Yes, I found a way to do both, I’ve spent three years in law school. I went to New York as I had a friend who offered me his couch while I did comedy. The two most important things in my life are comedy and desperately hoping my family love me. My parents begged me to go to law school, so I did. I got to go to a really good school, UC Hastings, which has a lot of great professors that inspired me to do human rights law. Doing that alongside comedy is a goal of mine.

Have you noticed differences between US and UK audiences?

There’s small differences in references, I did a bit about the Tiki torch carrying white supremacists in Charlottesville and how weird it was that you could both be a Nazi and love Hawaii but in London that wasn’t a connection that people made as quickly.

Is there a difference between UK and US heckles?

Thing is, it’s hard to heckle me. I come off as if I know what I’m doing and people like me. If people heckle me it usually happens that they realise they’re on their own, the rest of the audience turns on them. Don’t get me wrong, there have been times where that has not been the case. When I did Birmingham’s Glee club for the first time, they were not fans. They decided to hate me from the start because I was ‘the American comic’.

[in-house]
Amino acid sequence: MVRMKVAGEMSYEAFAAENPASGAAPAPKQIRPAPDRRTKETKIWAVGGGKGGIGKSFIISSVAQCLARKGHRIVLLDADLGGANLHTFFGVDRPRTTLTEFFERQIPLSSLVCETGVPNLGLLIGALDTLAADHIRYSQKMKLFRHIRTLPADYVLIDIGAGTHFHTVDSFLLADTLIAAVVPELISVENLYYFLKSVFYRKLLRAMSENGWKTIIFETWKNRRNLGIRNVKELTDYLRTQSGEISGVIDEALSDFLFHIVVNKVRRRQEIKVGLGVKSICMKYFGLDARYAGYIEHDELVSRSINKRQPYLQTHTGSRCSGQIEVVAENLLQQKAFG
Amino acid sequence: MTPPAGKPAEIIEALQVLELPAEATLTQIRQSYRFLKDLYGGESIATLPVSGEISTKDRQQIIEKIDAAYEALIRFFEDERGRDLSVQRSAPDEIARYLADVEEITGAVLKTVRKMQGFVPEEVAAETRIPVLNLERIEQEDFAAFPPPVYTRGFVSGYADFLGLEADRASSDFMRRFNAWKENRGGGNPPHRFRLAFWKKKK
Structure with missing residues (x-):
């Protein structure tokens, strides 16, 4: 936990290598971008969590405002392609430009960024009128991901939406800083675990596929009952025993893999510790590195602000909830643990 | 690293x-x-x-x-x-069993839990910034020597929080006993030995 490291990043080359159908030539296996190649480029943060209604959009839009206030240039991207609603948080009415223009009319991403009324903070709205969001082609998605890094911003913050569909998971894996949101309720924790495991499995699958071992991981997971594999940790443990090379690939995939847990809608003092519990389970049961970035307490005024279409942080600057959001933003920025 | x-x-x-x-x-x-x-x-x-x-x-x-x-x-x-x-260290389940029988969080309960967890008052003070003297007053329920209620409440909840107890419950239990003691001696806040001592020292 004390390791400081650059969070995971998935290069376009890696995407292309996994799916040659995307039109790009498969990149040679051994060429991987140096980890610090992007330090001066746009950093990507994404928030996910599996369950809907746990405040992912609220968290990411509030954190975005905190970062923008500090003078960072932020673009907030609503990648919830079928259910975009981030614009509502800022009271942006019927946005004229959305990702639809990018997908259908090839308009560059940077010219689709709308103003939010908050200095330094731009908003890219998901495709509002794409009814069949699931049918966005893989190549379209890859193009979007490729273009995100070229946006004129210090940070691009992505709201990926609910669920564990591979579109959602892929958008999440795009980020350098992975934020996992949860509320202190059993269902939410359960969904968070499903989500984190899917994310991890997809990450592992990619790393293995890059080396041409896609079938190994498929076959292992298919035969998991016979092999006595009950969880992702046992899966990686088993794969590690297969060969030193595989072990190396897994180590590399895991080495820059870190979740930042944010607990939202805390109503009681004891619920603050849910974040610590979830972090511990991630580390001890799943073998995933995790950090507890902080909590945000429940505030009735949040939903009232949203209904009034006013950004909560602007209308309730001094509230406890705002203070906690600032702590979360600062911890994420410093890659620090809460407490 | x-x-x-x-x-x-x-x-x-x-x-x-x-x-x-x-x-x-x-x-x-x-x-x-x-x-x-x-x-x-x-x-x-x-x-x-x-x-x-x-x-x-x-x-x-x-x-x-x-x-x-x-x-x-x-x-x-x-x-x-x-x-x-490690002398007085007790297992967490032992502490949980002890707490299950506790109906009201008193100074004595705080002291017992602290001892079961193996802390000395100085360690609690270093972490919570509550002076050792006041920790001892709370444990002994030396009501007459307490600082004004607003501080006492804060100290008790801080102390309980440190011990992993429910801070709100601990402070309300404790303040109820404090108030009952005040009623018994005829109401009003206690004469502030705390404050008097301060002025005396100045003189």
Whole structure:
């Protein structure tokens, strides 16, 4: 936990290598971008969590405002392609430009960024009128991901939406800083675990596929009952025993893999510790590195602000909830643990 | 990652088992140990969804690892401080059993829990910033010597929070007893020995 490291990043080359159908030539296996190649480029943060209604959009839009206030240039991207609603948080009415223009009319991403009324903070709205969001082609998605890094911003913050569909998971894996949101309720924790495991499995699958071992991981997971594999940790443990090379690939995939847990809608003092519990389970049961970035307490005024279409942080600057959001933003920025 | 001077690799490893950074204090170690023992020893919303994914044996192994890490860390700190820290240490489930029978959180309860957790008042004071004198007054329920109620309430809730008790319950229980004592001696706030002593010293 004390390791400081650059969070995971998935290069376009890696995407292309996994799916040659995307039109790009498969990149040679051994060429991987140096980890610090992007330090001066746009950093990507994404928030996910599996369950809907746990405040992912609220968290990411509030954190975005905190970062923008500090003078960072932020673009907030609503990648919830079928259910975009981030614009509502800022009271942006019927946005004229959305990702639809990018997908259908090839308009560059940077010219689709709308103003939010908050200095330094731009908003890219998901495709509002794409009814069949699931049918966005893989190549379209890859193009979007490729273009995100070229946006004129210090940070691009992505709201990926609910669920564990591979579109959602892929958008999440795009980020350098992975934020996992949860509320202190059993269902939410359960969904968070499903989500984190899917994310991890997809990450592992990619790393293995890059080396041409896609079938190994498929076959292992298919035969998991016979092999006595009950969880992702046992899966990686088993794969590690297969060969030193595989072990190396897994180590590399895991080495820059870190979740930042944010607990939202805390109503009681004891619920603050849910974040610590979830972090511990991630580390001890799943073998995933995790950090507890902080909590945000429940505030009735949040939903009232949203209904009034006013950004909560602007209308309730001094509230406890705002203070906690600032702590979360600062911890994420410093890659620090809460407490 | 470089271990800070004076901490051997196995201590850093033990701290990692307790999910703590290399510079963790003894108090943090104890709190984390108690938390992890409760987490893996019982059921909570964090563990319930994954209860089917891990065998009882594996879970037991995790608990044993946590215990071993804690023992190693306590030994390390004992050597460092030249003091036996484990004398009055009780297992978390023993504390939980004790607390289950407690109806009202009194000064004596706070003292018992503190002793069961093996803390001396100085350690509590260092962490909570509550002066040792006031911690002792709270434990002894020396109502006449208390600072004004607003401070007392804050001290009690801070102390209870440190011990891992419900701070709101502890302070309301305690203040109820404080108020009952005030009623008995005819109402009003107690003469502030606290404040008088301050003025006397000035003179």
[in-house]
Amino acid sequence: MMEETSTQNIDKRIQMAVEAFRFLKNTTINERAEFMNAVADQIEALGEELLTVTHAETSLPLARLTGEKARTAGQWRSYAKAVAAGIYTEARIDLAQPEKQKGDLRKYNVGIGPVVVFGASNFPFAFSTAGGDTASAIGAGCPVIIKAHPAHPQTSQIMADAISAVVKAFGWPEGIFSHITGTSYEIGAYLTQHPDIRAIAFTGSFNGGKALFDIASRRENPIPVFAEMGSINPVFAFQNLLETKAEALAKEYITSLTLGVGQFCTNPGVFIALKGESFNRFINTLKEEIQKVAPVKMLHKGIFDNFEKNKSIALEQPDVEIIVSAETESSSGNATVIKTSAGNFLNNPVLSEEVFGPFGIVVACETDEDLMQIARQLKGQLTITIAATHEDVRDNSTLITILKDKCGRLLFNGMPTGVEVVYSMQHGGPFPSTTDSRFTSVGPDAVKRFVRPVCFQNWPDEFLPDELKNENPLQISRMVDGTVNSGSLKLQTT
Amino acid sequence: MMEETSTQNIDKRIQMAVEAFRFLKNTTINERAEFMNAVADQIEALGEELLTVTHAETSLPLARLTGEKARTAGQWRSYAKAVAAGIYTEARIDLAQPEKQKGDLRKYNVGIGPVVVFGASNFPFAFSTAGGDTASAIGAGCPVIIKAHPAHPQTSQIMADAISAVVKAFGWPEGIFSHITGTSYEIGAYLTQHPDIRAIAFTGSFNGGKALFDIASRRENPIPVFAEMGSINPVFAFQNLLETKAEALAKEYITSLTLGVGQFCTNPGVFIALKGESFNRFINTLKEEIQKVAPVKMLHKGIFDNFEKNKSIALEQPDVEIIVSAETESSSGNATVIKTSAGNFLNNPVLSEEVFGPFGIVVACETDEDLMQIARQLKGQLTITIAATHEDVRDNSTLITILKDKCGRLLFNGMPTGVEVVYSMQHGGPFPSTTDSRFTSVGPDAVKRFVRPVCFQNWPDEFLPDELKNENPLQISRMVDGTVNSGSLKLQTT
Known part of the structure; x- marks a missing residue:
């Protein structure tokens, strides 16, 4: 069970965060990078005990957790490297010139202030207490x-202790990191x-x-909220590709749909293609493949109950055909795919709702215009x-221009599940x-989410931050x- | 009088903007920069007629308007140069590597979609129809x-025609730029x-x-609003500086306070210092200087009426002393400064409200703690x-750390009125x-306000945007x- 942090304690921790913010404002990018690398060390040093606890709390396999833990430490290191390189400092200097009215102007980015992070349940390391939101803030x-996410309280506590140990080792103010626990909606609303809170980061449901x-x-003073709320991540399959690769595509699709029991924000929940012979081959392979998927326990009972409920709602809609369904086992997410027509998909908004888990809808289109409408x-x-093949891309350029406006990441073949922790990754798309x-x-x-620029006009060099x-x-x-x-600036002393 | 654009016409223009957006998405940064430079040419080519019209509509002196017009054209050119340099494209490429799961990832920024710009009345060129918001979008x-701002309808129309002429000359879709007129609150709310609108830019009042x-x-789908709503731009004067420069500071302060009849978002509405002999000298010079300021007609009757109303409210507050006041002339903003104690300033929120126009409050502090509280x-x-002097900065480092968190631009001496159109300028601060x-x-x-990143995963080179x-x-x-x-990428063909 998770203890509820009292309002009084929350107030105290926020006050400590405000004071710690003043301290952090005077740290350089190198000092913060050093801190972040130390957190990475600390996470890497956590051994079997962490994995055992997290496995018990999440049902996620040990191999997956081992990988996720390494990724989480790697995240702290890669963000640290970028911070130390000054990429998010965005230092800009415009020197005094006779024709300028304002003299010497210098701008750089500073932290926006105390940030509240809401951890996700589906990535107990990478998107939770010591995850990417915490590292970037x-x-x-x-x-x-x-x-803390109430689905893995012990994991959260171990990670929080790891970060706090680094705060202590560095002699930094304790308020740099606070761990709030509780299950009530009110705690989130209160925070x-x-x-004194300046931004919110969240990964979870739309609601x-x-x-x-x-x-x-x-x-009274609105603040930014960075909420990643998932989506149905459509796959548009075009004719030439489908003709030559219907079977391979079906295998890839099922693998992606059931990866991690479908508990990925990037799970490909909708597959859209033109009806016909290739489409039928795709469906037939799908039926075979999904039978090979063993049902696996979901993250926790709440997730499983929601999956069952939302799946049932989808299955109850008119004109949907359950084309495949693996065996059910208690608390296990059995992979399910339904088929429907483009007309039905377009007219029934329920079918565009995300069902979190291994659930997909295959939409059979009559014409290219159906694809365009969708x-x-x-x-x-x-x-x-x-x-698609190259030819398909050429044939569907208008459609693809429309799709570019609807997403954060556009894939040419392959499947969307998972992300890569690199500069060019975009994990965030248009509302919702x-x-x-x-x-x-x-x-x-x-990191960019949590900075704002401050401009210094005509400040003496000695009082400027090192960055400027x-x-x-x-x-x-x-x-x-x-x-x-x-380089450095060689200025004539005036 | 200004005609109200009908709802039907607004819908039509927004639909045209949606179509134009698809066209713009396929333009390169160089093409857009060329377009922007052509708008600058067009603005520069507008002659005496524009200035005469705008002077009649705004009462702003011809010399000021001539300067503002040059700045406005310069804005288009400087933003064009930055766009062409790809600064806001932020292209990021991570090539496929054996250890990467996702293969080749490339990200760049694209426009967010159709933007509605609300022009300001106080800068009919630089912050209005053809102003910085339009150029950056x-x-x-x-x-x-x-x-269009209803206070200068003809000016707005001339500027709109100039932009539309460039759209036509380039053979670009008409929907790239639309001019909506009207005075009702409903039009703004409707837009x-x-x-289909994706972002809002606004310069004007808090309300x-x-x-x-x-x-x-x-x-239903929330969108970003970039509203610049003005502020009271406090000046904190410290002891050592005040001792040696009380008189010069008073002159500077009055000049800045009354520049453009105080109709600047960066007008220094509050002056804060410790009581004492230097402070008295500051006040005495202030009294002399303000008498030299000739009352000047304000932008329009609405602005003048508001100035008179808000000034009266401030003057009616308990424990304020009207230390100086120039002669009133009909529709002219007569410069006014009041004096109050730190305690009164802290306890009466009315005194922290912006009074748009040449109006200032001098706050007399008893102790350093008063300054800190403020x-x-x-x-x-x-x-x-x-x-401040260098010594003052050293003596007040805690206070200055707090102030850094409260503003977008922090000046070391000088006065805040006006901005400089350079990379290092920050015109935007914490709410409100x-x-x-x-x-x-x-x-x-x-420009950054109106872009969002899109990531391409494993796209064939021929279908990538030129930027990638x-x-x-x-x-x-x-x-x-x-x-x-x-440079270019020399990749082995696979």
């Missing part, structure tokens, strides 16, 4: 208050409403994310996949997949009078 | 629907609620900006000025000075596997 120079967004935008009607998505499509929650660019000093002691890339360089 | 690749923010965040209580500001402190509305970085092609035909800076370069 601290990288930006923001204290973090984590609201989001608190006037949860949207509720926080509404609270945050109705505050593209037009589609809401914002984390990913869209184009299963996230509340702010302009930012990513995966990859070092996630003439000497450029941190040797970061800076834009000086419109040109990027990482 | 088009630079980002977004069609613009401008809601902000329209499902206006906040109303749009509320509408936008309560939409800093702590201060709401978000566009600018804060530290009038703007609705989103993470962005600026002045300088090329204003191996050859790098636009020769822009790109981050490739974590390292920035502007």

There’s no winning them back then if they’ve decided to hate you?

It’s an uphill battle but it’s not unwinnable, it’s a matter of finding the right keys to get in. Once you can figure out how to relate to someone they’re going to hear you out even if they didn’t want to initially. The thing people don’t realise about comedy is that I consider myself to be liberal but I would say the bigger divide is between liberal and conservative. In the sense that conservative audiences that come to comedy shows are way more willing to poke fun at themselves. So one of my challenges in San Francisco is to get liberal audiences to make fun of themselves as well.

Do you have a theory as to why that might be?

To be fair to liberals it’s because there’s a lot more hurt associated with the things that you could make fun of them for. For conservatives it’s easier to laugh at themselves when they assume they are the dominant culture. There’s a lot of hypocrisy in somewhere like San Francisco. Sometimes liberals get a little tight on me if I point out that everyone in the room walked past at least four homeless people to come to a cheap comedy show. If you’re ever wondering if you’re the good guys, you’re not.

The Edinburgh Fringe has been described as a ‘middle class’ festival for those who can afford to come, would you agree?

There’s certainly an element of that. I’ve been very fortunate because my venues have been all over the place, I’ve got a lot of locals in. I like having college students and working class people in the audience as well. My jokes land irrespective of the audiences’ background. I’m doing a free show, and I’ve been doing this ten years. I’ve got good at it, so come along, don’t worry.

Catch Sid’s ‘American Bot’ at Just the Tonic at The Mash House (Cask House) throughout August. Dates: 2 – 26 August (not 13) Time: 18:25 Duration: 1 Hour Entry: £5 to reserve in advance, or Pay What You Want Web: Twitter: @MrSidSingh